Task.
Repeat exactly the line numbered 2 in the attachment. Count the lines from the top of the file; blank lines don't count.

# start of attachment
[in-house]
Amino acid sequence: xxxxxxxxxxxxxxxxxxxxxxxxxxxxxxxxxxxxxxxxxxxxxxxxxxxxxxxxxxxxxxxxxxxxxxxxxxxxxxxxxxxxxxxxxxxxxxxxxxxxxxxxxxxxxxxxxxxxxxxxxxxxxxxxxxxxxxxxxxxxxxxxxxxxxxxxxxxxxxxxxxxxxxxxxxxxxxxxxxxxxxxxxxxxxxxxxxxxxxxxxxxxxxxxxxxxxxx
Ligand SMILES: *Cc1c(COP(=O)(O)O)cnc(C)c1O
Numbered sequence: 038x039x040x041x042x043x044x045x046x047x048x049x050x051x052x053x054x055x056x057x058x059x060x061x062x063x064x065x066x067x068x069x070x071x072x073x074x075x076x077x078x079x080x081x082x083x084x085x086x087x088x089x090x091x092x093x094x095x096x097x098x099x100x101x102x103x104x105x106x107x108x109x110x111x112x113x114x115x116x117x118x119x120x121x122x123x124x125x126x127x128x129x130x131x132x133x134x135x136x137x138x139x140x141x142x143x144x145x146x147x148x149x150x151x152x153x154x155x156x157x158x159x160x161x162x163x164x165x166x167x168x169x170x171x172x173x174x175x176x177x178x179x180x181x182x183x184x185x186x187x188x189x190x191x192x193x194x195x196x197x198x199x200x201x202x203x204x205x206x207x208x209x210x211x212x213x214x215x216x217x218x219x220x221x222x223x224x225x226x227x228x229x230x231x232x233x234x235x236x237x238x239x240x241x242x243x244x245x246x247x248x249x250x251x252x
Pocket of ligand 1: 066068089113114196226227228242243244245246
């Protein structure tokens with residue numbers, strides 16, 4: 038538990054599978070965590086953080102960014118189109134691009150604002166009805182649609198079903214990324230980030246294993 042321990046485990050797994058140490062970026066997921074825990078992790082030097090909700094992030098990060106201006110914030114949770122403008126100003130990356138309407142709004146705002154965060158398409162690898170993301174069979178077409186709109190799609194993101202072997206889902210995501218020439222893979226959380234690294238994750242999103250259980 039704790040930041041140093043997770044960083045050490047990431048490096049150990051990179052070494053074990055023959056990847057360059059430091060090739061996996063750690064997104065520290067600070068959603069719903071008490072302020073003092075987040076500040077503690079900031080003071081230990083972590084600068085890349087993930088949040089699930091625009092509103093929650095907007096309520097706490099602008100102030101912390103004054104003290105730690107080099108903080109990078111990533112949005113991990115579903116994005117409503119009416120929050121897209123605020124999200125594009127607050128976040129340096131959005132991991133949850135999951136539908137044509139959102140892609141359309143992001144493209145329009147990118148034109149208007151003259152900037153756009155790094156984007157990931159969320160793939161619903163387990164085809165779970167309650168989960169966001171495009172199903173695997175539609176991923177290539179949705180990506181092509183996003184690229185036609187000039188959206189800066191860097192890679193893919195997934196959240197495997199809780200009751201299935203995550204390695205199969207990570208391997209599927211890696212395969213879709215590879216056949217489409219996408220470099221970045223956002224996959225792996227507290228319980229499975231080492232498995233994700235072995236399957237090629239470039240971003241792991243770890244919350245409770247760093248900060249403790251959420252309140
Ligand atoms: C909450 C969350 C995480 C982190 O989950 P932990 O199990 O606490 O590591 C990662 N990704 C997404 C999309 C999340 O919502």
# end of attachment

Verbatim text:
Amino acid sequence: xxxxxxxxxxxxxxxxxxxxxxxxxxxxxxxxxxxxxxxxxxxxxxxxxxxxxxxxxxxxxxxxxxxxxxxxxxxxxxxxxxxxxxxxxxxxxxxxxxxxxxxxxxxxxxxxxxxxxxxxxxxxxxxxxxxxxxxxxxxxxxxxxxxxxxxxxxxxxxxxxxxxxxxxxxxxxxxxxxxxxxxxxxxxxxxxxxxxxxxxxxxxxxxxxxxxxxx